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Individual bondholders talk tough… threaten to sue Akufo-Addo, Ken Ofori-Atta

Individual bondholders talk tough... threaten to sue Akufo-Addo, Ken Ofori-Atta

A group of individual bondholders is planning to sue the Government of Ghana over their inclusion in the Debt Exchange Programme after initially being spared.

The group has issued an invitation to all eligible bondholders to join the class action which is expected to be filed next week.

Ghana's Finance Minister
Finance Minister, Ken Ofori Atta

”This decision and action are unconscionable, and the Government cannot be allowed to use its might to impoverish Ghanaians. We are by this bulletin inviting eligible bondholders who seek to protect their interest to join the class action,” the invitation read.

About 50 bondholders have signed up to be part of the lawsuit a few hours after the notice to join was shared on social media platforms, one of the Convener of the three groups which have come out so far, Mr. Kwadwo Agyapong made this known to the media.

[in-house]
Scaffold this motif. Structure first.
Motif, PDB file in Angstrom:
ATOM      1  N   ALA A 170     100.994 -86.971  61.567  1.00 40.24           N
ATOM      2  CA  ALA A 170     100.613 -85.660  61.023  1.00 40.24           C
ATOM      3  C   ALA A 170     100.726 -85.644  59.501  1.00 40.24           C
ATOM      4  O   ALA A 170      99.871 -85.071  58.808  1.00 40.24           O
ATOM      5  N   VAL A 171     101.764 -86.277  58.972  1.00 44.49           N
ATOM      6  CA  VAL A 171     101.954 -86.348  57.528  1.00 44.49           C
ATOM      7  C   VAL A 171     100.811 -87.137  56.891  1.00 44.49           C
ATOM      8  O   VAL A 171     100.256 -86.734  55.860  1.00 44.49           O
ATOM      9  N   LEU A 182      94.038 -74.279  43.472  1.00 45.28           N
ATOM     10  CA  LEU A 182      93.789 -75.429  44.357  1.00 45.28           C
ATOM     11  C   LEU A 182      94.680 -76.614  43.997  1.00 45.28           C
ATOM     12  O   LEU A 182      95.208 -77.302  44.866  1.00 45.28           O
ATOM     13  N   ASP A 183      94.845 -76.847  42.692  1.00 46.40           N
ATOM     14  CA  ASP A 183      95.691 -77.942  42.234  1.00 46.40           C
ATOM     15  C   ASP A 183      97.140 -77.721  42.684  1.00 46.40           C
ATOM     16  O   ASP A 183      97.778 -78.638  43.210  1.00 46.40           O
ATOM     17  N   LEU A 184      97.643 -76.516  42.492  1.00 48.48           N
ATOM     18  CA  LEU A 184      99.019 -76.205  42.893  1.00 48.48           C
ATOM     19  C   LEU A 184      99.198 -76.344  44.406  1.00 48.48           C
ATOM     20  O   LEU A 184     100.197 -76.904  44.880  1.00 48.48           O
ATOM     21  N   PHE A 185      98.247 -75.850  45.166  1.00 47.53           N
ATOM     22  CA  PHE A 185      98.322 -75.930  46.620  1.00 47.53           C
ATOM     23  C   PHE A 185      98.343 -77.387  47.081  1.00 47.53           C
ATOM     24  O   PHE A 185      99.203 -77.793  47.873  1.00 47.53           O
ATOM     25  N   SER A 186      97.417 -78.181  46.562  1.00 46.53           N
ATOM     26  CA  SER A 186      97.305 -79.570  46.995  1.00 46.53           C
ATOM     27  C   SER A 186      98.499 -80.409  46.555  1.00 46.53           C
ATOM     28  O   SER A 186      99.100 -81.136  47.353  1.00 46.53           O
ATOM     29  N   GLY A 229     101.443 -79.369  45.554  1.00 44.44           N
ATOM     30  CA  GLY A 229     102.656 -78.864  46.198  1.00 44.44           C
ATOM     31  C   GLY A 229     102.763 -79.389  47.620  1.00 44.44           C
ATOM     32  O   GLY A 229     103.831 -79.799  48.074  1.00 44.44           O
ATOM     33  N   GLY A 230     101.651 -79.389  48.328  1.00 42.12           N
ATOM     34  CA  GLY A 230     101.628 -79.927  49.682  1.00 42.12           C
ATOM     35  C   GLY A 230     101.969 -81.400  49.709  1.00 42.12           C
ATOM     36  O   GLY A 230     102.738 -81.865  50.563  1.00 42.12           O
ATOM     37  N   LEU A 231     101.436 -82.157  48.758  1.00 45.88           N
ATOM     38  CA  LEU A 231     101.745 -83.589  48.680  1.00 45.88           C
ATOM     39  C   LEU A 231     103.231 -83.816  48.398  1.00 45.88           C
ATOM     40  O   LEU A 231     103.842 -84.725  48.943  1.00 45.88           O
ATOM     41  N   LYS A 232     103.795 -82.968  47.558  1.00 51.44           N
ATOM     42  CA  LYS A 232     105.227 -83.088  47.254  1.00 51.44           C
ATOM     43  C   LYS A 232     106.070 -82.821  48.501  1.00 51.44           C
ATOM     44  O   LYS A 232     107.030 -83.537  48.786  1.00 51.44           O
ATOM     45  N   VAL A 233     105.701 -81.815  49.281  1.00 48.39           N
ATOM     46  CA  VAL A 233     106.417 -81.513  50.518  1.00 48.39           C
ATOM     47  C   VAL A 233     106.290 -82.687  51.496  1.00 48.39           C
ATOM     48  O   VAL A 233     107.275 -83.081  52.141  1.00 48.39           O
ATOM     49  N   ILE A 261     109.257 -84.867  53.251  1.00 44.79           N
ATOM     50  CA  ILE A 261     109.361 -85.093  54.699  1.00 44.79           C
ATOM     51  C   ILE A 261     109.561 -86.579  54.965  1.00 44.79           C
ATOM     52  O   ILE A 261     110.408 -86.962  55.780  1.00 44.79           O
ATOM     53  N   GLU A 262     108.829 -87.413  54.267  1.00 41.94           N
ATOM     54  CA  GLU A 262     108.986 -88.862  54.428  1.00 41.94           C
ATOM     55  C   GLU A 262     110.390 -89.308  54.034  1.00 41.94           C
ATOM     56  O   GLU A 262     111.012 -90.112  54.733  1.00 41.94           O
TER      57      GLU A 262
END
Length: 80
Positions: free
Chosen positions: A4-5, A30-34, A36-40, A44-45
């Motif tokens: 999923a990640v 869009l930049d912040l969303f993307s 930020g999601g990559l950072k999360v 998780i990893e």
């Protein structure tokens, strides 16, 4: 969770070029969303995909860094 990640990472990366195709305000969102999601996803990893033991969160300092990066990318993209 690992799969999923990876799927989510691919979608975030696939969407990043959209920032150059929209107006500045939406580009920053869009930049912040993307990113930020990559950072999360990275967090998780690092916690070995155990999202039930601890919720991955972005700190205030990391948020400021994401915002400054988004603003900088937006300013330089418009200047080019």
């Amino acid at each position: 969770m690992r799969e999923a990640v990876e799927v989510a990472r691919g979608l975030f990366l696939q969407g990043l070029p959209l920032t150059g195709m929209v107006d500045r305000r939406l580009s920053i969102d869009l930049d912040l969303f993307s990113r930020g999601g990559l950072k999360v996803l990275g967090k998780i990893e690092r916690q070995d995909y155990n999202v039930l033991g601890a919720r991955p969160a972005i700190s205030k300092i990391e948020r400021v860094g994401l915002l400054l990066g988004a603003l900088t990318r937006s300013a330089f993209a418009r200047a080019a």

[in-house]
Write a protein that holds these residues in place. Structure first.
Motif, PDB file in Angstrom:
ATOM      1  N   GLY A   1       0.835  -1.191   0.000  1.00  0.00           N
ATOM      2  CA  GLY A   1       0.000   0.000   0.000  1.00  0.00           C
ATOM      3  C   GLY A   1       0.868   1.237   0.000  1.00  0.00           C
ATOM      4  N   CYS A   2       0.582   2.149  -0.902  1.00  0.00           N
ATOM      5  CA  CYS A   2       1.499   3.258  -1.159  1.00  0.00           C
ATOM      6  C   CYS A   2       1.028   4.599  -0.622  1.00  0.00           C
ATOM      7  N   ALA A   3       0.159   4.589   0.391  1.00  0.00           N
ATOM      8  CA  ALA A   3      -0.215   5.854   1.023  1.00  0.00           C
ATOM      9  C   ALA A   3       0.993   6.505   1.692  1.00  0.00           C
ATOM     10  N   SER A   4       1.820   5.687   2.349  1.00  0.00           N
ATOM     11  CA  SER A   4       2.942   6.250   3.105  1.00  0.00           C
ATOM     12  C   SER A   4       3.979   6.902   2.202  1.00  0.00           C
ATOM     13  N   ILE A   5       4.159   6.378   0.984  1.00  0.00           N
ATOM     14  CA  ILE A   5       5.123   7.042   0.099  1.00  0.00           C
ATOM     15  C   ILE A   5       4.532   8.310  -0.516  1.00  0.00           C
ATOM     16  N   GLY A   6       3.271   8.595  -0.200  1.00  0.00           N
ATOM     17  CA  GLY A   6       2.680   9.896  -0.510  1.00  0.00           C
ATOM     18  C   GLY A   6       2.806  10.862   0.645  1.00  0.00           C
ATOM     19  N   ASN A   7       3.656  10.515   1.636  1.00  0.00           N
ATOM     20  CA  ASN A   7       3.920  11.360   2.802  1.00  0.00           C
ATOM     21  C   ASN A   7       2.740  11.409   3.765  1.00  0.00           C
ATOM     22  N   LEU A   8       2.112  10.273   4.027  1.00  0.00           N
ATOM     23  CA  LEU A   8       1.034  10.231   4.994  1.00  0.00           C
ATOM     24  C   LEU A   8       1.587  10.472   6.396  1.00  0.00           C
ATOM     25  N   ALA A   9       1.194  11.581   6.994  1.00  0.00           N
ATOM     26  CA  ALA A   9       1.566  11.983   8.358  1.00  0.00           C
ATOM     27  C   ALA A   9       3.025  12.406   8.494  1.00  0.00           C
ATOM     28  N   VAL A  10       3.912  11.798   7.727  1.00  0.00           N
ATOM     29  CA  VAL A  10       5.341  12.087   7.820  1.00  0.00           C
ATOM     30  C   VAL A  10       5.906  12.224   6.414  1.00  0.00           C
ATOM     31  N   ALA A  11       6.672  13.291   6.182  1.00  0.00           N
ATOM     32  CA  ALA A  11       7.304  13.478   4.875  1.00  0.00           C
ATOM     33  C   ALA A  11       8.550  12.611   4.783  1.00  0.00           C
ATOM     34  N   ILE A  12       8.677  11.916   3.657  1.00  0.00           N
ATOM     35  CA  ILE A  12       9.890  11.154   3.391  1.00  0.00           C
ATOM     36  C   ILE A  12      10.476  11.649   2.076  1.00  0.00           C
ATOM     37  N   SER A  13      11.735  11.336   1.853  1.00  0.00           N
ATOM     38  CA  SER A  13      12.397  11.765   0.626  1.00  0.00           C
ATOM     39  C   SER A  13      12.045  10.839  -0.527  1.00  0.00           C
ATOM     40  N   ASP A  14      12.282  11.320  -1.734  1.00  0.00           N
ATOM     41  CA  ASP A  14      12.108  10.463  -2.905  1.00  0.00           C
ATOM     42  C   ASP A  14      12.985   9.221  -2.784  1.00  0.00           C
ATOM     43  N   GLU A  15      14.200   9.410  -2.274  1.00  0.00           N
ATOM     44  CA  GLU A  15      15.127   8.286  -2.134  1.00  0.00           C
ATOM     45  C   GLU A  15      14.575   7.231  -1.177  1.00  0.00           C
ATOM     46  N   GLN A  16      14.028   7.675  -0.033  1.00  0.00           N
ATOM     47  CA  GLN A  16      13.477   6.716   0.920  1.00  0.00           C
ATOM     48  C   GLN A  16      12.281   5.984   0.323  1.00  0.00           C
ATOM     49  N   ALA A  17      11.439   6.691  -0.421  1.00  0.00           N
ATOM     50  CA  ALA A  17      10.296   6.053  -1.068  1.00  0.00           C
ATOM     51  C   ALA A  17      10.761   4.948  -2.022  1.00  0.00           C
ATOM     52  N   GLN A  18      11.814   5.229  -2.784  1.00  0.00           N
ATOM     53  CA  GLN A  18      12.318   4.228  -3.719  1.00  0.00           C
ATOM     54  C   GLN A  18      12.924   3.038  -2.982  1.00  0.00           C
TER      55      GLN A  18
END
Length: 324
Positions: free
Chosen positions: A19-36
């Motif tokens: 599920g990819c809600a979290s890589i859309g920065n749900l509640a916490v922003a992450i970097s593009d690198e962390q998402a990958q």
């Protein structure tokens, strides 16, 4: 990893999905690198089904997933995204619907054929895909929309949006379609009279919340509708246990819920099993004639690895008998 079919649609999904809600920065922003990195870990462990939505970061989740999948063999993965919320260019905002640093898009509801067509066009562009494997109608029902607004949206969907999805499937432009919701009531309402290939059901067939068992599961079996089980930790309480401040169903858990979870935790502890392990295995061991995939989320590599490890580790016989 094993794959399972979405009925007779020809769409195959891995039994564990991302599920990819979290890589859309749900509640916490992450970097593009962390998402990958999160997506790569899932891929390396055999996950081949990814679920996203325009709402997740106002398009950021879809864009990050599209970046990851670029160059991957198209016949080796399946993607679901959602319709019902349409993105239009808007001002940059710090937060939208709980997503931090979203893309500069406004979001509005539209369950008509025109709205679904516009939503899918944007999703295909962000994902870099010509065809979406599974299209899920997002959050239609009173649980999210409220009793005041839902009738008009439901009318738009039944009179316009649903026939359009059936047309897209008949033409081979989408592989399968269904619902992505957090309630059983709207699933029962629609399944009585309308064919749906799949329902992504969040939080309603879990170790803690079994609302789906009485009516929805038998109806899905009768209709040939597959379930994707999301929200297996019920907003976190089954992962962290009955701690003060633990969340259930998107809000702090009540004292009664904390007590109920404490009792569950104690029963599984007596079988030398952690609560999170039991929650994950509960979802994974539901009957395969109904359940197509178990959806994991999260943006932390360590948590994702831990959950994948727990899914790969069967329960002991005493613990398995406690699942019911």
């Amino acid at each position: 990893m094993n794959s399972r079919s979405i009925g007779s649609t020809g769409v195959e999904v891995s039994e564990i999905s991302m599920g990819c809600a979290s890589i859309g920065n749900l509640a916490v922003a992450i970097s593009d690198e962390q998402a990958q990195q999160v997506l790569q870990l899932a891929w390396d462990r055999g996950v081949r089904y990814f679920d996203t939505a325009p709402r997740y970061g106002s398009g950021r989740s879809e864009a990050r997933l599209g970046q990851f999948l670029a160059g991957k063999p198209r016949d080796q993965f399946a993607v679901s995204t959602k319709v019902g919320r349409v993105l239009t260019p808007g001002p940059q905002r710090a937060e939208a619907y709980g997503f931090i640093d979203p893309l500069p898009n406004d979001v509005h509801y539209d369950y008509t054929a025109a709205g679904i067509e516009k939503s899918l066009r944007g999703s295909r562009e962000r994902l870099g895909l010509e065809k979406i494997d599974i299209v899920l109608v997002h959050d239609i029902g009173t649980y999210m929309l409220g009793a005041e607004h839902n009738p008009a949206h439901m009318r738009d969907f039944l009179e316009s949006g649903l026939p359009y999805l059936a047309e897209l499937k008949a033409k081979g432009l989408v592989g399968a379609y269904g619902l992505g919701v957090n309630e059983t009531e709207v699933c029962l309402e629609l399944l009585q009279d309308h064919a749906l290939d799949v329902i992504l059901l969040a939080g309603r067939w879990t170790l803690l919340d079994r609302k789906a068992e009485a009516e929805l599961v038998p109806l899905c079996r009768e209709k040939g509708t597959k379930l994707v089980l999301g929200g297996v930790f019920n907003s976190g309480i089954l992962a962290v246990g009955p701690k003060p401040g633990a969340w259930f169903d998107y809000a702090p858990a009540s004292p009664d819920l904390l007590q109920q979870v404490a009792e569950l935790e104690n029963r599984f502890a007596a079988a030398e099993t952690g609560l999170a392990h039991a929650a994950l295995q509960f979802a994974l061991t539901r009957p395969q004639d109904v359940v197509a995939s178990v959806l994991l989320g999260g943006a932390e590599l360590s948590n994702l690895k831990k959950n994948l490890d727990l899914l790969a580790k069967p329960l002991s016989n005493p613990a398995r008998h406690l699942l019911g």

However, the Finance Ministry has sought to discourage individual bondholders from suing the government, arguing that obtaining a judgment against the state in this matter would be difficult.

“The Republic of Ghana is a sovereign state. Consequently, it may be difficult for Eligible Holders of Eligible Bonds to obtain or realise awards against the Republic,” Finance Minister Ken Ofori-Atta said in the 58-page amended debt exchange offer.

The Republic has submitted to the jurisdiction of the courts of Ghana and waived any immunity from the jurisdiction (including sovereign immunity) of such courts in connection with any action arising out of or based upon the Invitation to Exchange or any securities issued under the Invitation to Exchange brought by any holder of such securities,” it added.

According to the Finance Ministry, individual investors have until January 16 to sign onto the debt exchange programme.

The government is offering 12 new bonds with zero interest until 2024 in exchange for existing ones as part of a debt restructuring needed to secure a $3 billion bailout from the International Monetary Fund (IMF).

But the programme is suffering from setbacks by local bondholders, compelling the government to exempt pension funds after threatening to embark on a strike.

Story: Kwadwo Buabeng

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